I have two different publishing related websites I want to highlight today.
1. If you care about the future of publishing, this is a blog you need to follow. Marion Jensen is a published author (a.k.a. Matthew Buckley, “Chickens in the Headlights” / “Bullies in the Headlights”) who also spent several years as the director of Utah State University’s OpenCourseWare project. He knows what he is talking about in relation to open source, open content, and open models. Marion’s experience in these areas makes for some incredibly enlightening blog reads which cover publishing trends, e-books and readers, marketing, using social networks, and much more. Go visit The Open Author today. You’ll be glad you did.
2. There is a very interesting writing contest ramping up that I thought you should know about. Sponsored by the Poole Literary Festival which will occur this fall (October 29-31, Poole, U.K.), the New Media Prize will honor storytelling that is designed explicitly for delivery/reading/viewing on a PC or Mac, on the web, or via mobile phone. In other words, they are looking for stories that are told through text, images, sound, video, websites, animation, interactivity, etc., that are purely electronic. Nothing printed! I expect that the winner of this prize will probably deliver some interactive multi-media book or story that can be viewed by multiple methods (e-book reader, laptop, cell phone).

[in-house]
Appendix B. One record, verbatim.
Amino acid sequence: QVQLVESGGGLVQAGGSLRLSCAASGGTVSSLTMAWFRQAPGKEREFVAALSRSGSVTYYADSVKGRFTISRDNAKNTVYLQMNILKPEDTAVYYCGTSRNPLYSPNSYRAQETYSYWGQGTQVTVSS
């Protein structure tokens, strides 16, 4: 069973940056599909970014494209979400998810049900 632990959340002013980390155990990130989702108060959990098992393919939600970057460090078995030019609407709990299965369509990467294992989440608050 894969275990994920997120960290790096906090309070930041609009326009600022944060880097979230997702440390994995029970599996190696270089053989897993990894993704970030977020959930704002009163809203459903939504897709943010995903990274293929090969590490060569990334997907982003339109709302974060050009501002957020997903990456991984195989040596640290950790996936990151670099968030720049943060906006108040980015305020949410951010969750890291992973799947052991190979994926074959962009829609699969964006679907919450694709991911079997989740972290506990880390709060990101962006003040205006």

The judging criteria for the New Media Prize according to their website:
1. Innovative use of new media to create an engaging, satisfying narrative, or poetry
2. Ease of accessibility for the reader/viewer
3. Effective use of interactive elements
4. Show us that new media can do things ‘old’ media can’t!
If you would like to get more information, go to the Poole Literary website, or to the New Media Prize blog.
Let me know what you think about the contest. With the popularity of mobile media gadgets (e-book readers like iPad, Kindle, Nook, Sony Reader, and also laptops and powerful cell phones), do you think this contest is exciting? Why or why not?
Do you think that publishing is going to be primarily electronic in the future?